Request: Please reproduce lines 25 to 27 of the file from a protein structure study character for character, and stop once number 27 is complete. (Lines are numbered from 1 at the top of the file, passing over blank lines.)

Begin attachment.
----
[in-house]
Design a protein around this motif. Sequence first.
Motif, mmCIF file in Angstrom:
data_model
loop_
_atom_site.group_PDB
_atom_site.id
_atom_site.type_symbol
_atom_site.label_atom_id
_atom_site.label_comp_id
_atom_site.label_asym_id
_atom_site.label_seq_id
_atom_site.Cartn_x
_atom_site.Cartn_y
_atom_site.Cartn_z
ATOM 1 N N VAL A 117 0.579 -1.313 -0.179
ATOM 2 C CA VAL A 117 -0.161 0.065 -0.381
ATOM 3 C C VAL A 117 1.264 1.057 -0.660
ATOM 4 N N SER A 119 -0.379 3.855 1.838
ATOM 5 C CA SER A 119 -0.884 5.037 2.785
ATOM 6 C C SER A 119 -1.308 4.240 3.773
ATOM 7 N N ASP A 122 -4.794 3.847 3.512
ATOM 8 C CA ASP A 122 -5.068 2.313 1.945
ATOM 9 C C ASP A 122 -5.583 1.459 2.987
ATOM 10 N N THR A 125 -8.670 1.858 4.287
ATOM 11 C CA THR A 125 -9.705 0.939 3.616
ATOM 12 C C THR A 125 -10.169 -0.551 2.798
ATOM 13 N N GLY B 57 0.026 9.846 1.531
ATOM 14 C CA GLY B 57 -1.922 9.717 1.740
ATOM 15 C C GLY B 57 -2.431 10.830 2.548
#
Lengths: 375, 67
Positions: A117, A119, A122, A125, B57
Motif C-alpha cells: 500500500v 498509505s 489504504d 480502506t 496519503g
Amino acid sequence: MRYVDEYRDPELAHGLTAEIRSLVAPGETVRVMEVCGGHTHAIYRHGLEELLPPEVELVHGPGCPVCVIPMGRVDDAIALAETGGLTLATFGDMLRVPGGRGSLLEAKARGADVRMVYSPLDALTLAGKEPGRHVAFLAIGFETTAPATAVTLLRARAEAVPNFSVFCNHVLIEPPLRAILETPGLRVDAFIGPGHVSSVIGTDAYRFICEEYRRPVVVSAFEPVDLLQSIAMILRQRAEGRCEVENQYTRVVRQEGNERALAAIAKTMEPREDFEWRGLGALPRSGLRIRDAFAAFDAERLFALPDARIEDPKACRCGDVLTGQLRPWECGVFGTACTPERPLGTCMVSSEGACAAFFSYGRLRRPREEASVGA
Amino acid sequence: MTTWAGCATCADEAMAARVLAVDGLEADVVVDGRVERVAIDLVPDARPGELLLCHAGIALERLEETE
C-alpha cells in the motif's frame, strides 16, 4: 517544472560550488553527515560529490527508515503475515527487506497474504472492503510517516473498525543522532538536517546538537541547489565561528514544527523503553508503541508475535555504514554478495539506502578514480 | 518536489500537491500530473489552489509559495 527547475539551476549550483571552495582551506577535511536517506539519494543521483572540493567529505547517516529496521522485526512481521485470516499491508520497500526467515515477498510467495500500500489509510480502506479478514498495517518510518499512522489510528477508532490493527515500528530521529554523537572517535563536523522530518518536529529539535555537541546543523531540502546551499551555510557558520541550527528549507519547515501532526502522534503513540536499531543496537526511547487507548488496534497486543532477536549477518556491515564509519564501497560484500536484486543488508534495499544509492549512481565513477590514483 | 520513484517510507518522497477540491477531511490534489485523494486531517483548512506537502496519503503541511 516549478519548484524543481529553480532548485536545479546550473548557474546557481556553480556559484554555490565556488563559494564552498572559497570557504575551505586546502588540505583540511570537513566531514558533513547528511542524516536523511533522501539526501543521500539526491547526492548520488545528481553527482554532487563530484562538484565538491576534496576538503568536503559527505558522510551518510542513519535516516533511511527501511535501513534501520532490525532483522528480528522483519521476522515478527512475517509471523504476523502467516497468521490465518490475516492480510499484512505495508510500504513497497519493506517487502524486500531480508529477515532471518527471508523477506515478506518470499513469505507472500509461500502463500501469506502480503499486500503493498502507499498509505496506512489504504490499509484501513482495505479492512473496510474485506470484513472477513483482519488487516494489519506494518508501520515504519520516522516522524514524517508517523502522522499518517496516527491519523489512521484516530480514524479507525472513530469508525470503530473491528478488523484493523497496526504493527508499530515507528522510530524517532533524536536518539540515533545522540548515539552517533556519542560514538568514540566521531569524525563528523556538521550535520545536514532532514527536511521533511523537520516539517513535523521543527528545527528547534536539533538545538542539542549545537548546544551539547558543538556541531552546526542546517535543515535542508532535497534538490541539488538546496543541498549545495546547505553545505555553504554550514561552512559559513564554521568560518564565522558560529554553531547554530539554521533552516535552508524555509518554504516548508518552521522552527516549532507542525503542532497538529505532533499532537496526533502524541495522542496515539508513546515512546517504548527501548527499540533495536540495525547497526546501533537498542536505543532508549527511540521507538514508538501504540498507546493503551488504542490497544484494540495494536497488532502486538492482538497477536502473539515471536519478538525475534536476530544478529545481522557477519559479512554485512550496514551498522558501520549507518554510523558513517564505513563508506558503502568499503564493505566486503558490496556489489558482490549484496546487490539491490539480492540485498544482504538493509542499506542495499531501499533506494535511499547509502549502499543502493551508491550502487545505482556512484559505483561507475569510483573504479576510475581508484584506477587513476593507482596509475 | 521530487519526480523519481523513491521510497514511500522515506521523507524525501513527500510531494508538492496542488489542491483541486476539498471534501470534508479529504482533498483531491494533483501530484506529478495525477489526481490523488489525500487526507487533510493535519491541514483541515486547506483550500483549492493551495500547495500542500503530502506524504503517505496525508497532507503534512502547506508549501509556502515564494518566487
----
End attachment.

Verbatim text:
ATOM 10 N N THR A 125 -8.670 1.858 4.287
ATOM 11 C CA THR A 125 -9.705 0.939 3.616
ATOM 12 C C THR A 125 -10.169 -0.551 2.798